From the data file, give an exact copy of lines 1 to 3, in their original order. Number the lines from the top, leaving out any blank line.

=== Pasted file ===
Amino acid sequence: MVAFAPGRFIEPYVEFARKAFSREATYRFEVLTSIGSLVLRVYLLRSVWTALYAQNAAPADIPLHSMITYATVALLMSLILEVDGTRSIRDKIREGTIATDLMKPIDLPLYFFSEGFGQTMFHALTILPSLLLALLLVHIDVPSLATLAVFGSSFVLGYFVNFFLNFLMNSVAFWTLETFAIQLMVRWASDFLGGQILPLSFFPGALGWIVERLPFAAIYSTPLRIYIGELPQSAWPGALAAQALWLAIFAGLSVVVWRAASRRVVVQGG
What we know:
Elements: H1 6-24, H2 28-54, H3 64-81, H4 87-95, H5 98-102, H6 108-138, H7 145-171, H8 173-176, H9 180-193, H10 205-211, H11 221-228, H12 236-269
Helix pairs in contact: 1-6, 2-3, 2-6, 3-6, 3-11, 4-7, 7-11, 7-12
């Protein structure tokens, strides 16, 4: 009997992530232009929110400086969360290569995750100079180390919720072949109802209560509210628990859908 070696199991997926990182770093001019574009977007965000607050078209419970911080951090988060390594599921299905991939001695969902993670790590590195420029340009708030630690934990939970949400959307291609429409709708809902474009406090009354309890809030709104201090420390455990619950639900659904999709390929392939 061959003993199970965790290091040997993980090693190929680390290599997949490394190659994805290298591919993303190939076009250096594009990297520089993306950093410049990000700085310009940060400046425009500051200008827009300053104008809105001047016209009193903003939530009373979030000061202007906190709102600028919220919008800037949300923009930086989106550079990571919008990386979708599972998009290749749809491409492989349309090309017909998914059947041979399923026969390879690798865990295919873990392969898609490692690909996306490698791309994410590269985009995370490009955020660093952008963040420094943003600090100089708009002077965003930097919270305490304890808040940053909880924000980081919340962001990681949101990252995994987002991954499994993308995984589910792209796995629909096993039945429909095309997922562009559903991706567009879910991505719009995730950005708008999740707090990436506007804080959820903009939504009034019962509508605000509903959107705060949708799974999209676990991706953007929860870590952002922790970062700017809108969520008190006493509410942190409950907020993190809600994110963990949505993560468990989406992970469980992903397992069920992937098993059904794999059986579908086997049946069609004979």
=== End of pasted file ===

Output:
Amino acid sequence: MVAFAPGRFIEPYVEFARKAFSREATYRFEVLTSIGSLVLRVYLLRSVWTALYAQNAAPADIPLHSMITYATVALLMSLILEVDGTRSIRDKIREGTIATDLMKPIDLPLYFFSEGFGQTMFHALTILPSLLLALLLVHIDVPSLATLAVFGSSFVLGYFVNFFLNFLMNSVAFWTLETFAIQLMVRWASDFLGGQILPLSFFPGALGWIVERLPFAAIYSTPLRIYIGELPQSAWPGALAAQALWLAIFAGLSVVVWRAASRRVVVQGG
What we know:
Elements: H1 6-24, H2 28-54, H3 64-81, H4 87-95, H5 98-102, H6 108-138, H7 145-171, H8 173-176, H9 180-193, H10 205-211, H11 221-228, H12 236-269